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From anhedon(ia) +‎ -ic.[1]



anhedonic (comparative more anhedonic, superlative most anhedonic)

  1. (psychiatry, also figurative) Showing anhedonia; having no capacity to feel pleasure.
    • 1944, Abraham Myerson, Archives of Neurology and Psychiatry, Chicago, Ill.: American Medical Association, ISSN 0096-6754, OCLC 903383405, page 497, column 1:
      Briefly, the anhedonic syndrome is manifested, first, by the disappearance or impairment of the appetite for food and drink and by failure to experience the corresponding satisfactions. [...] Thirdly, the appetite or desire for rest and the satisfaction of recuperation are also involved in the anhedonic syndrome.
    • 1990, Kevin D. Stark, “Implementation Issues in Treatment”, in Childhood Depression: School-based Intervention (The Guildford School Practitioner Series), New York, N.Y.: Guilford Press, →ISBN, page 104:
      The anhedonic depressed child creates special problems. He or she is bored most of the time, as he or she does not derive normal levels of pleasure from things, and the breadth of pleasurable events is rduced. The anhedonic youngster seems just to go through the motions of treatment.
    • 2009, Mark Fisher, “Reflexive Impotence, Immobilization and Liberal Communism”, in Capitalist Realism: Is There No Alternative?, Ropley, Hampshire: O Books, John Hunt Publishing, →ISBN, page 23:
      Students are aware that if they don't attend for weeks on end, and/or they don't produce any work, they will not face meaningful sanction. They typically respond to this freedom not by pursuing projects but by falling into hedonic (or anhedonic) lassitude: the soft narcosis, the comfort food oblivion of Playstation, all-night TV and marijuana.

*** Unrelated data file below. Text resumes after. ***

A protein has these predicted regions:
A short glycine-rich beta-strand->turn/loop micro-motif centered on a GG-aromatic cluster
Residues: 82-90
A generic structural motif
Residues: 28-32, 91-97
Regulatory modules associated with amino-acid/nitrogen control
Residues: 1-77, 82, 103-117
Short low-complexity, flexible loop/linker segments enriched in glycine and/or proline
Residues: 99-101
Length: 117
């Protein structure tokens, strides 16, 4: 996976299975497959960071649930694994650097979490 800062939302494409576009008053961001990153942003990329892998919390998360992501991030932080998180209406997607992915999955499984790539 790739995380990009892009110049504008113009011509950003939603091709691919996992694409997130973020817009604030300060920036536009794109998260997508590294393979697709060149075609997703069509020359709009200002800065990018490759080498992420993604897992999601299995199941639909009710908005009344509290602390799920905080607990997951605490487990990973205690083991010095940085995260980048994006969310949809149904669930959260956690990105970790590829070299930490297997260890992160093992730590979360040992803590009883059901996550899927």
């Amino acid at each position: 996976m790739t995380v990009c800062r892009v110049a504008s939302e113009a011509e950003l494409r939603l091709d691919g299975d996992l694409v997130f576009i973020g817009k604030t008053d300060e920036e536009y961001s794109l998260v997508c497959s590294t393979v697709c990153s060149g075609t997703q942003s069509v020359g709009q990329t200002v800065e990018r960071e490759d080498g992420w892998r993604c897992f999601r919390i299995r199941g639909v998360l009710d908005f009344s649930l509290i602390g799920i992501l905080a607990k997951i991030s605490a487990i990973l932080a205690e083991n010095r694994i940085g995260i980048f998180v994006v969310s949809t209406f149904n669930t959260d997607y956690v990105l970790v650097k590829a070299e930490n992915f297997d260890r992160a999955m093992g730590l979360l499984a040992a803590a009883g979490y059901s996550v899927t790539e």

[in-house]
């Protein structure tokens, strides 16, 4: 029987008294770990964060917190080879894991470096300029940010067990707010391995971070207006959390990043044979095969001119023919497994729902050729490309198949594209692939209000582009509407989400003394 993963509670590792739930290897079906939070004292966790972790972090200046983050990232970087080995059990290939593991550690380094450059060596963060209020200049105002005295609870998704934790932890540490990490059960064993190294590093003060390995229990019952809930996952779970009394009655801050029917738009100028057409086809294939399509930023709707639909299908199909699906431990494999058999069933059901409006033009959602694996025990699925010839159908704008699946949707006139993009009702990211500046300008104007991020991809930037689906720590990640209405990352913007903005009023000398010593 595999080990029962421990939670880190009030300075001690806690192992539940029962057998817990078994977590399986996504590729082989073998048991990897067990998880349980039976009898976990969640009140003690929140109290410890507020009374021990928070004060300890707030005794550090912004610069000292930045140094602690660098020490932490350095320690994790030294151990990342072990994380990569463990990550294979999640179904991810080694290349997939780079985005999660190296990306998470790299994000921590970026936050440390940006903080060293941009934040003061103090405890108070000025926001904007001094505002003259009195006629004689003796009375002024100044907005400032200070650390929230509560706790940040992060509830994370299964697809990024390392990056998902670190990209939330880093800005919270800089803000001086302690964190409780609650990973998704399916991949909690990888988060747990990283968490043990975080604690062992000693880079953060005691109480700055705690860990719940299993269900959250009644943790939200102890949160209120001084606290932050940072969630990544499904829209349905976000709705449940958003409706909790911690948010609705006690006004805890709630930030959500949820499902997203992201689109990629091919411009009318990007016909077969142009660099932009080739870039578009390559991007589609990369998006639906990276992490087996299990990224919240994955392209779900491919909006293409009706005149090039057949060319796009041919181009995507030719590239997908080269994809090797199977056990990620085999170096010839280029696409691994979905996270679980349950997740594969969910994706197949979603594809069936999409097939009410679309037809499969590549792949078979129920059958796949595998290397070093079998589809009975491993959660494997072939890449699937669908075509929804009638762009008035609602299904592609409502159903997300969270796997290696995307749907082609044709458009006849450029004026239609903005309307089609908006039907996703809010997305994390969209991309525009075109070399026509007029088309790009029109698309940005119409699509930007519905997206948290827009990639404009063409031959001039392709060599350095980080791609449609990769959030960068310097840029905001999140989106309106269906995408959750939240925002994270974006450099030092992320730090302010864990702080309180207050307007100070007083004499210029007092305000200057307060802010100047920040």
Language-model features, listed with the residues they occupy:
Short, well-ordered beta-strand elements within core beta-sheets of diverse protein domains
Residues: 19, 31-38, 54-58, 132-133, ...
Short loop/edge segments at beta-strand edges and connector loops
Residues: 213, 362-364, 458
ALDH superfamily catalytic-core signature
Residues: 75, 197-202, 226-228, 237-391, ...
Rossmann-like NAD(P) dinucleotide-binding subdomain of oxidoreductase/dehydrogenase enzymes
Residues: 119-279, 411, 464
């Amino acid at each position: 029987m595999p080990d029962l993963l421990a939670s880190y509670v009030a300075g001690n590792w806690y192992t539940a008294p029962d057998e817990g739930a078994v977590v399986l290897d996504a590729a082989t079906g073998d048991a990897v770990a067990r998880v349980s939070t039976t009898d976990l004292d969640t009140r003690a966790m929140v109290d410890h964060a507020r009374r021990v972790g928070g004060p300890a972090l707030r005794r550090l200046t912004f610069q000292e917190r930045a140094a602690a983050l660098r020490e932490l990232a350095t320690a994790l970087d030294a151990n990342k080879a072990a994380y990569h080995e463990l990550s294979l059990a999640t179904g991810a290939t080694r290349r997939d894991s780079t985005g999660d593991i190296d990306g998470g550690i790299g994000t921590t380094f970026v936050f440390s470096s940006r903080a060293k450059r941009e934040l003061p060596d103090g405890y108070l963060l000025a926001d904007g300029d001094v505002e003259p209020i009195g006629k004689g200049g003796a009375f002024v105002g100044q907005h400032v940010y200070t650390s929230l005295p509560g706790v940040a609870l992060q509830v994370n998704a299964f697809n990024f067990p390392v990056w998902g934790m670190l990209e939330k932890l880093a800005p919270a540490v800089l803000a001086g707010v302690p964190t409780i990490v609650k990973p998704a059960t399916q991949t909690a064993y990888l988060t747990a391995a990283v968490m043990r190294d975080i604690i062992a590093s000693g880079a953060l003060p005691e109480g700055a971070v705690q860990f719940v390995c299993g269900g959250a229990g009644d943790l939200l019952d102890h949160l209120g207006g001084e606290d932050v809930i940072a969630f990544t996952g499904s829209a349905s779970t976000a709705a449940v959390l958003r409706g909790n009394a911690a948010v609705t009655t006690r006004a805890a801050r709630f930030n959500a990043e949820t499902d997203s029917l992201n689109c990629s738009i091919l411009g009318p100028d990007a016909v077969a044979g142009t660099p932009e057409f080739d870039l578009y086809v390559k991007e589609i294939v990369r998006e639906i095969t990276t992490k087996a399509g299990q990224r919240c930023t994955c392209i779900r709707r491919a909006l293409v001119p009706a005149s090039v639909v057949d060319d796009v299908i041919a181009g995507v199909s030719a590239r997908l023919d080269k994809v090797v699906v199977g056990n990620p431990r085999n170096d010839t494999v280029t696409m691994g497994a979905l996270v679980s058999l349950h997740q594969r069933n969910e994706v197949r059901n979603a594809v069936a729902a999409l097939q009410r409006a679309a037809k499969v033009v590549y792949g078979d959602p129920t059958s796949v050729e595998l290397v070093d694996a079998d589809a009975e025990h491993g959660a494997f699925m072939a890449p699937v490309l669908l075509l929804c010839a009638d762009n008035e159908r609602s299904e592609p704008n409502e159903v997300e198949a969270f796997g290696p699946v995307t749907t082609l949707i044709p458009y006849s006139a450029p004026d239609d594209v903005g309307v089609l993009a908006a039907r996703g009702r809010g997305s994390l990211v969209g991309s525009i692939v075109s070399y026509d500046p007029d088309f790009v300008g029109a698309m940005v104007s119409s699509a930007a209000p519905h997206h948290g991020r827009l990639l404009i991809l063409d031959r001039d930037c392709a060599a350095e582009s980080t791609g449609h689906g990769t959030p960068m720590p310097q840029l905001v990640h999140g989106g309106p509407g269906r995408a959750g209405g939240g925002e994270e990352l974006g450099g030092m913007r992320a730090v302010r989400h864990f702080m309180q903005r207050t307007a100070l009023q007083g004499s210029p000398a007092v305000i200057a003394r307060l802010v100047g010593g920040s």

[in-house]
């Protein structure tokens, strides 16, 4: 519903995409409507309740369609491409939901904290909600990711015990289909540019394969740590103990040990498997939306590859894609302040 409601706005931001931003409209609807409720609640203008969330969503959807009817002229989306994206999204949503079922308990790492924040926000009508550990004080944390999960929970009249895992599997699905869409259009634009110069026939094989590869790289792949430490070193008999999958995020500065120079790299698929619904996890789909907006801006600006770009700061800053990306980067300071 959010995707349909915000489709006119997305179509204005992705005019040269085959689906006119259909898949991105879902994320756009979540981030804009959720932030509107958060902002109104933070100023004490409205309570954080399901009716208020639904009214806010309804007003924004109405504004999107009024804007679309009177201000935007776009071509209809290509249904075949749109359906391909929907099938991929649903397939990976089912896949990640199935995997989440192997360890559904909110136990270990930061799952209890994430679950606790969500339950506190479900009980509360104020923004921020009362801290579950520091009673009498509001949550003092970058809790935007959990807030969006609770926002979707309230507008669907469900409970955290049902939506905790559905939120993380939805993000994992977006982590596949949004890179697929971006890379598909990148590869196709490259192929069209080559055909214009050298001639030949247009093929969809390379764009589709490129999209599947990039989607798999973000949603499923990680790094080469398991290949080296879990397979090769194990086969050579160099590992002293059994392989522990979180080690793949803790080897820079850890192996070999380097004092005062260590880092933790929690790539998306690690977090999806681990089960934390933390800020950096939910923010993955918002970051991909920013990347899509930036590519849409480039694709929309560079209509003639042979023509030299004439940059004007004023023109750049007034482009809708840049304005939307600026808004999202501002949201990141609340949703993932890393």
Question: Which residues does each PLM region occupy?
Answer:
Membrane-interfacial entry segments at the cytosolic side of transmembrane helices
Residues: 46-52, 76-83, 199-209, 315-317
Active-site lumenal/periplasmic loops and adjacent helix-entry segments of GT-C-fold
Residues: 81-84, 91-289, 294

• 2015, Jill Alexander Essbaum, Hausfrau: A Novel[1], New York, N.Y.: Random House, →ISBN, page 123:
      Longing, officious, anhedonic, pleading. Anna tried to make a list of every mood she'd ever been in but ran out of words before even half of her feelings were named.

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anhedonic (plural anhedonics)

  1. (psychiatry) A person who has anhedonia.
    • 1995, Adrian Raine; Todd Lencz; Deana S. Benishay, “Schizotypal Personality and Skin Conductance Orienting”, in Adrian Raine, Todd Lencz, and Sarnoff A. Mednick, editors, Schizotypal Personality, Cambridge: Cambridge University Press, →ISBN, part III (Assessment), page 231:
      [P]hysical anhedonics may not pay attention to tone stimuli (and therefore do not give SC [skin conductance] responses) because such subjects are identified on the basis of lacking pleasure and interest in physical events. As such, nonresponding in physical anhedonics may indicate validity for the way physical anhedonia is measured, but may not reflect a factor of etiologic significance.
    • 1996, David Foster Wallace, Infinite Jest (Back Bay Books), Boston, Mass.: Little, Brown and Company, →ISBN, page 693:
      The anhedonic can still speak about happiness and meaning et al., but she has become incapable of feeling anything in them, of understanding anything about them, of hoping anything about them, or of believing them to exist as anything more than concepts. Everything has become an outline of the thing. Objects become schemata. The world becomes a map of the world. An anhedonic can navigate, but has no location. I.e. the anhedonic becomes, in the lingo of Boston AA, Unable To Identify.
    • 2014, David Coleman, “1980s–1990s: The Burgeoning Diversity of Depressive Expressionism”, in The Bipolar Express: Manic Depression and the Movies, Lanham, Md.; Plymouth, Devon: Rowman & Littlefield, →ISBN, pages 216–217:
      An anhedonic who impulsively seeks out social contact with others may be actin in response to his mental condition, but he tends to be less beholden to his condition during the process of actual socialization itself. [...] While an anhedonic will typically be shy and less than the center of any gathering, a manic can often be charming, talkative, and charismatic, with the hallmark that the self-aggrandizement is often tinged with delusions and distortions.



  1. ^ Compare “anhedonia, n.”, in OED Online Paid subscription required, Oxford: Oxford University Press, 1972.

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